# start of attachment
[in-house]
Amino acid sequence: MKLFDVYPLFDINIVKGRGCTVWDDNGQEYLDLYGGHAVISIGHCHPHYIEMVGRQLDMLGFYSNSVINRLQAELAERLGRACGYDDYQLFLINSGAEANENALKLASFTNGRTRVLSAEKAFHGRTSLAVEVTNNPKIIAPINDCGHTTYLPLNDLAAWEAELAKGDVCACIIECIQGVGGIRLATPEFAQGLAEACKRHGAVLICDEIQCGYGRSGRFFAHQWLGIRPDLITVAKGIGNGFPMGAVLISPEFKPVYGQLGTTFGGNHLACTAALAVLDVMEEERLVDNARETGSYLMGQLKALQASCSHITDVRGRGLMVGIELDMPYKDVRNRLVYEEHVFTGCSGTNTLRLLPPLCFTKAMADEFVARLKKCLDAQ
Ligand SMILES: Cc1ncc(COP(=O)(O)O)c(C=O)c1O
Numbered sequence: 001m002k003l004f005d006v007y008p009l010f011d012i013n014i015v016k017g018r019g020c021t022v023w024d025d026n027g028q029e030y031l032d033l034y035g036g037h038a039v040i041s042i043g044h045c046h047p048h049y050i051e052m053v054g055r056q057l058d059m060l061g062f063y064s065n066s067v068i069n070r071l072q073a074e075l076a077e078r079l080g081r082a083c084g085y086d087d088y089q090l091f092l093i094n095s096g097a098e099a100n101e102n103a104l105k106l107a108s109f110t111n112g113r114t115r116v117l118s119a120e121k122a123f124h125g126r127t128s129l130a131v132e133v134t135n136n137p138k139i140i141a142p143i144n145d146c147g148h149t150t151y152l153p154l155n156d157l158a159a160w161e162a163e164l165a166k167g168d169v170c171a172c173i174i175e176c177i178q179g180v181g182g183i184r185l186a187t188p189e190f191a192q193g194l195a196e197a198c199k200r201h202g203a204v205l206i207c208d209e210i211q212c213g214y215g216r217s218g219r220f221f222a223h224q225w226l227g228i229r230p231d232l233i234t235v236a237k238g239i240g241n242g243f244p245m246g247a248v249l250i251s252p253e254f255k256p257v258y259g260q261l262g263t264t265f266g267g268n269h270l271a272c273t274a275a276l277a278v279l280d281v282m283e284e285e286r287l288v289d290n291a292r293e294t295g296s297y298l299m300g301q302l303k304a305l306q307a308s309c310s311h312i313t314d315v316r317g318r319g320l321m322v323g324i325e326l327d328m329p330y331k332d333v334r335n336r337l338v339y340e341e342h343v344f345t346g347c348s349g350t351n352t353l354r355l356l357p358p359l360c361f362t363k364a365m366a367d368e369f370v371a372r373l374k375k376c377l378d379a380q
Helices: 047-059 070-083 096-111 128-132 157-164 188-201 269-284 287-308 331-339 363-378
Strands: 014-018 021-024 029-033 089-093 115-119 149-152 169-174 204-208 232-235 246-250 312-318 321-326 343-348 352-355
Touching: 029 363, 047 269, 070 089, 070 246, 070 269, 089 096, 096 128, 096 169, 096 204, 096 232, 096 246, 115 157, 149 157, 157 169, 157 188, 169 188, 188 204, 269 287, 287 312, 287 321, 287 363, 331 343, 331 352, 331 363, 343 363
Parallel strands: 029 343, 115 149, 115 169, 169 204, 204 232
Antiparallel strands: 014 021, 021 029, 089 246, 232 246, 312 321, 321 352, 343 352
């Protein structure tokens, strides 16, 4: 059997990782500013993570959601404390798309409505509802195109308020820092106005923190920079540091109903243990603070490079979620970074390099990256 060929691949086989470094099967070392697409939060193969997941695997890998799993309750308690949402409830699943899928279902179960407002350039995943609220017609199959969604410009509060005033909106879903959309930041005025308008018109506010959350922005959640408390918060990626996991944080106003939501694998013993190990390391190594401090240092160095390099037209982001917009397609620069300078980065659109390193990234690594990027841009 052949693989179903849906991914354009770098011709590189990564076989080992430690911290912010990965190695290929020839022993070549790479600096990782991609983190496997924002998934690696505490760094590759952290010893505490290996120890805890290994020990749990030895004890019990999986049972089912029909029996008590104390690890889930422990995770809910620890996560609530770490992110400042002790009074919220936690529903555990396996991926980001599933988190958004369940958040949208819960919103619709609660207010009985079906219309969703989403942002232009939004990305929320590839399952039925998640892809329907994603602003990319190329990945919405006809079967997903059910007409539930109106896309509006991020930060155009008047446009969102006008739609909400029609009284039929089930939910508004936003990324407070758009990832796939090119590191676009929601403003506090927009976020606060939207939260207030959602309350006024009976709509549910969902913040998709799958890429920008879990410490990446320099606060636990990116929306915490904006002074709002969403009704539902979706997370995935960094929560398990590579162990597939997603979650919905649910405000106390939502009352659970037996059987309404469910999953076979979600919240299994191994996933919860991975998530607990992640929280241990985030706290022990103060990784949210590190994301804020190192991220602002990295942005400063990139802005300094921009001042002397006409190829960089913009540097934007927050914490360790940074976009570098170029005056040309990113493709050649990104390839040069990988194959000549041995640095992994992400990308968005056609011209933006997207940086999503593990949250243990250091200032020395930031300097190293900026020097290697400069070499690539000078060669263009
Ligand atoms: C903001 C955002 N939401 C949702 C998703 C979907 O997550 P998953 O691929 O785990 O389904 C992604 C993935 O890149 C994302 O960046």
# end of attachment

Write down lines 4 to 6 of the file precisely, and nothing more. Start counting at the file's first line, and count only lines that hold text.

Numbered sequence: 001m002k003l004f005d006v007y008p009l010f011d012i013n014i015v016k017g018r019g020c021t022v023w024d025d026n027g028q029e030y031l032d033l034y035g036g037h038a039v040i041s042i043g044h045c046h047p048h049y050i051e052m053v054g055r056q057l058d059m060l061g062f063y064s065n066s067v068i069n070r071l072q073a074e075l076a077e078r079l080g081r082a083c084g085y086d087d088y089q090l091f092l093i094n095s096g097a098e099a100n101e102n103a104l105k106l107a108s109f110t111n112g113r114t115r116v117l118s119a120e121k122a123f124h125g126r127t128s129l130a131v132e133v134t135n136n137p138k139i140i141a142p143i144n145d146c147g148h149t150t151y152l153p154l155n156d157l158a159a160w161e162a163e164l165a166k167g168d169v170c171a172c173i174i175e176c177i178q179g180v181g182g183i184r185l186a187t188p189e190f191a192q193g194l195a196e197a198c199k200r201h202g203a204v205l206i207c208d209e210i211q212c213g214y215g216r217s218g219r220f221f222a223h224q225w226l227g228i229r230p231d232l233i234t235v236a237k238g239i240g241n242g243f244p245m246g247a248v249l250i251s252p253e254f255k256p257v258y259g260q261l262g263t264t265f266g267g268n269h270l271a272c273t274a275a276l277a278v279l280d281v282m283e284e285e286r287l288v289d290n291a292r293e294t295g296s297y298l299m300g301q302l303k304a305l306q307a308s309c310s311h312i313t314d315v316r317g318r319g320l321m322v323g324i325e326l327d328m329p330y331k332d333v334r335n336r337l338v339y340e341e342h343v344f345t346g347c348s349g350t351n352t353l354r355l356l357p358p359l360c361f362t363k364a365m366a367d368e369f370v371a372r373l374k375k376c377l378d379a380q
Helices: 047-059 070-083 096-111 128-132 157-164 188-201 269-284 287-308 331-339 363-378
Strands: 014-018 021-024 029-033 089-093 115-119 149-152 169-174 204-208 232-235 246-250 312-318 321-326 343-348 352-355